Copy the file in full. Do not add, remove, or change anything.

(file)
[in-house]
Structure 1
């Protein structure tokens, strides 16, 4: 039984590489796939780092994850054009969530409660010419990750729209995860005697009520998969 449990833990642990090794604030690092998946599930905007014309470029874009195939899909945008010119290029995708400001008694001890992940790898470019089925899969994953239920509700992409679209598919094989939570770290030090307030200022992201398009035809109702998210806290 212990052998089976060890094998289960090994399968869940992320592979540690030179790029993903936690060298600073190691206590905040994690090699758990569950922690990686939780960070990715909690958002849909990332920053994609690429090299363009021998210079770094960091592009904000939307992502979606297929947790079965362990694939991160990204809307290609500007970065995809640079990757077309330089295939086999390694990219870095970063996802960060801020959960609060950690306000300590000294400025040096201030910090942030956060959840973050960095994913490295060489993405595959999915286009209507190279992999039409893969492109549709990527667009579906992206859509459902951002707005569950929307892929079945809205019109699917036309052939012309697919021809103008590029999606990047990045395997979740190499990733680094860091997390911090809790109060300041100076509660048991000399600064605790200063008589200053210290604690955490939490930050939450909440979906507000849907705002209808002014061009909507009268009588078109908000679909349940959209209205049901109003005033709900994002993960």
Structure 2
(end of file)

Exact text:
[in-house]
Structure 1
């Protein structure tokens, strides 16, 4: 039984590489796939780092994850054009969530409660010419990750729209995860005697009520998969 449990833990642990090794604030690092998946599930905007014309470029874009195939899909945008010119290029995708400001008694001890992940790898470019089925899969994953239920509700992409679209598919094989939570770290030090307030200022992201398009035809109702998210806290 212990052998089976060890094998289960090994399968869940992320592979540690030179790029993903936690060298600073190691206590905040994690090699758990569950922690990686939780960070990715909690958002849909990332920053994609690429090299363009021998210079770094960091592009904000939307992502979606297929947790079965362990694939991160990204809307290609500007970065995809640079990757077309330089295939086999390694990219870095970063996802960060801020959960609060950690306000300590000294400025040096201030910090942030956060959840973050960095994913490295060489993405595959999915286009209507190279992999039409893969492109549709990527667009579906992206859509459902951002707005569950929307892929079945809205019109699917036309052939012309697919021809103008590029999606990047990045395997979740190499990733680094860091997390911090809790109060300041100076509660048991000399600064605790200063008589200053210290604690955490939490930050939450909440979906507000849907705002209808002014061009909507009268009588078109908000679909349940959209209205049901109003005033709900994002993960």
Structure 2